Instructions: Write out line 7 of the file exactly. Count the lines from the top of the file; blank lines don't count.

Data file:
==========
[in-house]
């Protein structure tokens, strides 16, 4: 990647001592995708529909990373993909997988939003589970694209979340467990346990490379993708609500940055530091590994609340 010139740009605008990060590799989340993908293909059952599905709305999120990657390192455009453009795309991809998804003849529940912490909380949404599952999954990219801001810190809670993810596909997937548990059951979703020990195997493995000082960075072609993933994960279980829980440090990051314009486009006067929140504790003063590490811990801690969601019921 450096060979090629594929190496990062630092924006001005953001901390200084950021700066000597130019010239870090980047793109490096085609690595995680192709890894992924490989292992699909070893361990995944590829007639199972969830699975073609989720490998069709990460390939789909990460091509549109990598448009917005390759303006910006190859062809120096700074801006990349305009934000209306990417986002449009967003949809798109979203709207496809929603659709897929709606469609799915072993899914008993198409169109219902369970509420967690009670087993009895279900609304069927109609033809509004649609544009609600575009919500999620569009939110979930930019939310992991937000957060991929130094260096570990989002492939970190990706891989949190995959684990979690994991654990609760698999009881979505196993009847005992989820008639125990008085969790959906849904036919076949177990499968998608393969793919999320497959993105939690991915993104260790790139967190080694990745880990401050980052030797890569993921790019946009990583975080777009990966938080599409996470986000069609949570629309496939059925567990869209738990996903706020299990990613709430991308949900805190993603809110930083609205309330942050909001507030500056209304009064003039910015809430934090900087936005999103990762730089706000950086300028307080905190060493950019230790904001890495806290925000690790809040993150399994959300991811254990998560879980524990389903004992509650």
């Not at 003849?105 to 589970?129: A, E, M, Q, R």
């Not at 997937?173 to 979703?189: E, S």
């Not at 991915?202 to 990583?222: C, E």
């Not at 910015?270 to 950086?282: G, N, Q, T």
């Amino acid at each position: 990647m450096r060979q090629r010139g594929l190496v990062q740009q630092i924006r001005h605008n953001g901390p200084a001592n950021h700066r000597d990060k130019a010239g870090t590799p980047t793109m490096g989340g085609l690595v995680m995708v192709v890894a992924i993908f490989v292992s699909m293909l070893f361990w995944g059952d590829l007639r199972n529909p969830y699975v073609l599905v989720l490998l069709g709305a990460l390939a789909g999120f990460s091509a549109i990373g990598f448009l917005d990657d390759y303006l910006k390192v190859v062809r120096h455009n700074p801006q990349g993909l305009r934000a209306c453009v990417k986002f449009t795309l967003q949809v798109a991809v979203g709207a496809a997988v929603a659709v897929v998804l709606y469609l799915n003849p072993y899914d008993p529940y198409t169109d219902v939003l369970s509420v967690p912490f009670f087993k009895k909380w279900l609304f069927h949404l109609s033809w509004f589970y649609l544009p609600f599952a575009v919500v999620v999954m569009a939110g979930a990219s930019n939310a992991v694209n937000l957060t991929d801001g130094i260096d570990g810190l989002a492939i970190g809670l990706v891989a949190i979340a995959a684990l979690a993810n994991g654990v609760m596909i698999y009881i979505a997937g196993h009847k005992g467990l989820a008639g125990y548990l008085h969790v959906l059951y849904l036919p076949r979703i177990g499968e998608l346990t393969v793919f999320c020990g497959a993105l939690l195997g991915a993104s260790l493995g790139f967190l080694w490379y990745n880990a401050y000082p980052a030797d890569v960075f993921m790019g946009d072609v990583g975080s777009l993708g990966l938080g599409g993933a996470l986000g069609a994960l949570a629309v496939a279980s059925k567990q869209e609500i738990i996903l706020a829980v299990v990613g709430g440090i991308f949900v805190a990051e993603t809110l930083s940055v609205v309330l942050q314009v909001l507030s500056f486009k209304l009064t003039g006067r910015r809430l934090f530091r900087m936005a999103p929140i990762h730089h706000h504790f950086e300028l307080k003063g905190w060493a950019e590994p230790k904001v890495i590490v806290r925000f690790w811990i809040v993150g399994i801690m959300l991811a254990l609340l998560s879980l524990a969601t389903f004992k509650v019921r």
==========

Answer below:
């Amino acid at each position: 990647m450096r060979q090629r010139g594929l190496v990062q740009q630092i924006r001005h605008n953001g901390p200084a001592n950021h700066r000597d990060k130019a010239g870090t590799p980047t793109m490096g989340g085609l690595v995680m995708v192709v890894a992924i993908f490989v292992s699909m293909l070893f361990w995944g059952d590829l007639r199972n529909p969830y699975v073609l599905v989720l490998l069709g709305a990460l390939a789909g999120f990460s091509a549109i990373g990598f448009l917005d990657d390759y303006l910006k390192v190859v062809r120096h455009n700074p801006q990349g993909l305009r934000a209306c453009v990417k986002f449009t795309l967003q949809v798109a991809v979203g709207a496809a997988v929603a659709v897929v998804l709606y469609l799915n003849p072993y899914d008993p529940y198409t169109d219902v939003l369970s509420v967690p912490f009670f087993k009895k909380w279900l609304f069927h949404l109609s033809w509004f589970y649609l544009p609600f599952a575009v919500v999620v999954m569009a939110g979930a990219s930019n939310a992991v694209n937000l957060t991929d801001g130094i260096d570990g810190l989002a492939i970190g809670l990706v891989a949190i979340a995959a684990l979690a993810n994991g654990v609760m596909i698999y009881i979505a997937g196993h009847k005992g467990l989820a008639g125990y548990l008085h969790v959906l059951y849904l036919p076949r979703i177990g499968e998608l346990t393969v793919f999320c020990g497959a993105l939690l195997g991915a993104s260790l493995g790139f967190l080694w490379y990745n880990a401050y000082p980052a030797d890569v960075f993921m790019g946009d072609v990583g975080s777009l993708g990966l938080g599409g993933a996470l986000g069609a994960l949570a629309v496939a279980s059925k567990q869209e609500i738990i996903l706020a829980v299990v990613g709430g440090i991308f949900v805190a990051e993603t809110l930083s940055v609205v309330l942050q314009v909001l507030s500056f486009k209304l009064t003039g006067r910015r809430l934090f530091r900087m936005a999103p929140i990762h730089h706000h504790f950086e300028l307080k003063g905190w060493a950019e590994p230790k904001v890495i590490v806290r925000f690790w811990i809040v993150g399994i801690m959300l991811a254990l609340l998560s879980l524990a969601t389903f004992k509650v019921r």